Kelley, E., Naigles, L., & Fein, D. (2010). An in-depth examination of optimal outcome children with a history of autism spectrum disorders. Research in Autism Spectrum Disorders, 4, 526-538.  doi:10.1016/j.rasd.2009.12.001

Helt, M., Kelley, E., Kinsbourne, M. Pandey, J., Boorstein, H., Herbert, M., & Fein, D. (2008).  Can children with autism recover?  If so, how? Neuropsychology Reviews,18, 339-366.
 
Kamio, Y., Kelley, E., Robins, D., Swainson, B., & Fein, D (2007). Atypical    lexical/semantic processing in high-functioning pervasive developmental disorders without early language delay.  Journal of Autism and Developmental Disorders, 37, 1116-1122.

Swensen, L., Kelley, E., Fein, D., & Naigles, L. (2007). Children with autism display typical language learning characteristics: Evidence from preferential looking. Child Development, 78, 542-557.
 
Kelley, E., Paul, J., Fein, D., & Naigles, L. R. (2006). Residual language deficits in optimal outcome children with a history of autism.  Journal of Autism andDevelopmental Disorders, 36, 807-828.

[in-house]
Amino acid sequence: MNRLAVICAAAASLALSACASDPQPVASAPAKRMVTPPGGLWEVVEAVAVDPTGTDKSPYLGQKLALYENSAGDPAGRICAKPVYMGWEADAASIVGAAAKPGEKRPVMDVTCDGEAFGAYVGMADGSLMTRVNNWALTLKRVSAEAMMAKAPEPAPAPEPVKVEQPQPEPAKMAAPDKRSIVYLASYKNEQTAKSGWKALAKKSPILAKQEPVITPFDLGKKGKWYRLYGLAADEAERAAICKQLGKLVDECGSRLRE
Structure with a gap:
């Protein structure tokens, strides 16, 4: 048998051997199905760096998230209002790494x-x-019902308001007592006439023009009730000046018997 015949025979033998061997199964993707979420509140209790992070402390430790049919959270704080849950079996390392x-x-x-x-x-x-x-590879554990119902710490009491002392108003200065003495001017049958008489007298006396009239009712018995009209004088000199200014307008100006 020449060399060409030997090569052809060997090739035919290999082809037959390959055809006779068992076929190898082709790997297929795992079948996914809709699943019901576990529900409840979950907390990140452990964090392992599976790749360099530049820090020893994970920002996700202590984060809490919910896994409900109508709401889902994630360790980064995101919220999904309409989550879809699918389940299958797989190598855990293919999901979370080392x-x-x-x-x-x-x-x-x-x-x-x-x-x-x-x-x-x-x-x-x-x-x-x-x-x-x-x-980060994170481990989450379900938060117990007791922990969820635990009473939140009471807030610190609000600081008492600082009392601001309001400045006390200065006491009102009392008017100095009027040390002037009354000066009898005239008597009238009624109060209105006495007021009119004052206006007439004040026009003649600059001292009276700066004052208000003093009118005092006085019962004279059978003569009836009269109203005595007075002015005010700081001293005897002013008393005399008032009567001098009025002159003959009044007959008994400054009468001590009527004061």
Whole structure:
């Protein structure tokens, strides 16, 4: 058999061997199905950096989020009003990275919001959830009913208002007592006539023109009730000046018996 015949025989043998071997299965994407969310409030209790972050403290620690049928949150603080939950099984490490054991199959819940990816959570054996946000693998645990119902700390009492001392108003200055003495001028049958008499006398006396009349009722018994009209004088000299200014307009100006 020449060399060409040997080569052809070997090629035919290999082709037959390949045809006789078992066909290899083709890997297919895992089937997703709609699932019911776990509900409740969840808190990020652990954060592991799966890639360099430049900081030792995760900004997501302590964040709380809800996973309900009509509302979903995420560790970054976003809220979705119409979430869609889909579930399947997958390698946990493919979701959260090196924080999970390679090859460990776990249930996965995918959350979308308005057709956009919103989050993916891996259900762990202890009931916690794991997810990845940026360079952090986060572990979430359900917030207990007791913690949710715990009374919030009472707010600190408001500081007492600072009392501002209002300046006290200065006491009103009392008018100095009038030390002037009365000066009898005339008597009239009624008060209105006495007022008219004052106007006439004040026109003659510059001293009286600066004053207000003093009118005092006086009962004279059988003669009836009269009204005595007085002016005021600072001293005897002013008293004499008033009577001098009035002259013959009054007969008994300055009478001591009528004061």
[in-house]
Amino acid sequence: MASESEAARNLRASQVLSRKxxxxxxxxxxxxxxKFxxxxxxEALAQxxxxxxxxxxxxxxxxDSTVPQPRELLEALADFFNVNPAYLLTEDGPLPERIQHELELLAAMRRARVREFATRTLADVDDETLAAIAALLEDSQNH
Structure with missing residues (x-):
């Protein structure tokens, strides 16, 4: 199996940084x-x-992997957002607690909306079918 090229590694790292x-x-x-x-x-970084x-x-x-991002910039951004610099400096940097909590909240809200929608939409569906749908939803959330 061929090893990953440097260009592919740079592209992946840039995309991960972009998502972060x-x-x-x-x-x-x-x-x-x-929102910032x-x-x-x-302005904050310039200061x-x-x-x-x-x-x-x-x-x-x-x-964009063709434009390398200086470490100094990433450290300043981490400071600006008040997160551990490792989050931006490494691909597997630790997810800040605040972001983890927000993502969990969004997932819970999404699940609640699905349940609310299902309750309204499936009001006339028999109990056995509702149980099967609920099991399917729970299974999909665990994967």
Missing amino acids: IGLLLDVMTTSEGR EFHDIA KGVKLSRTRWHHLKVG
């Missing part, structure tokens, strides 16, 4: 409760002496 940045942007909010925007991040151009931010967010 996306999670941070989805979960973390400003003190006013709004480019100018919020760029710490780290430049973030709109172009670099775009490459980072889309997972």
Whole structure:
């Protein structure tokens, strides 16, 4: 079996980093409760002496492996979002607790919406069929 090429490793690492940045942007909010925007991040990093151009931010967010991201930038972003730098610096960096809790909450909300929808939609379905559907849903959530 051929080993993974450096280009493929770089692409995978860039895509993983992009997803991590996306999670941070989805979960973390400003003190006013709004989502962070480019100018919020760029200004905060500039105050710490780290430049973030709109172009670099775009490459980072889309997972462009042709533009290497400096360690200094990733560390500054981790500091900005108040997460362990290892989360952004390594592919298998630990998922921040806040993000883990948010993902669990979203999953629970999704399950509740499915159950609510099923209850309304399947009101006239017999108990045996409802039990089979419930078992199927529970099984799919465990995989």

Elizabeth Kelley, PhD
Assistant Professor
Department of Psychology
Queen's University
62 Arch St., H351
Kingston, ON K7L 3N6 CANADA
Phone: 613-533-2491
Fax: 613-533-2499
http://psyc.queensu.ca/asdstudies/index.html

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Dr. Tara Kennedy

Tara Kennedy, MD, PhD, FRCPC, is a Developmental Pediatrician who works with children and families affected by autism in her position as Clinical Leader of Pediatric Autism Rehabilitation Services at the Stan Cassidy Centre for Rehabilitation in Fredericton, New Brunswick. Dr. Kennedy received her pediatric training at Dalhousie University and her Developmental Pediatrics Fellowship training at the University of Toronto. She is actively involved in advocacy at the community level, and in the development and delivery of educational programs in the field of Child Development for medical trainees, physicians, and other health care professionals across Canada.

Dr. Kennedy’s academic interests are in the domain of Medical Education. She has a Master’s of Education degree from the Ontario Institute for Studies in Education, and a PhD in Medical Education from the Institute of Medical Science and the Wilson Centre, Faculty of Medicine, University of Toronto. Her CIHR-funded research program employs qualitative research methodology to explore issues related to independence in clinical training and supervision of medical trainees. Other areas of research interest include knowledge translation, patient safety, and professional socialization.

Selected publications: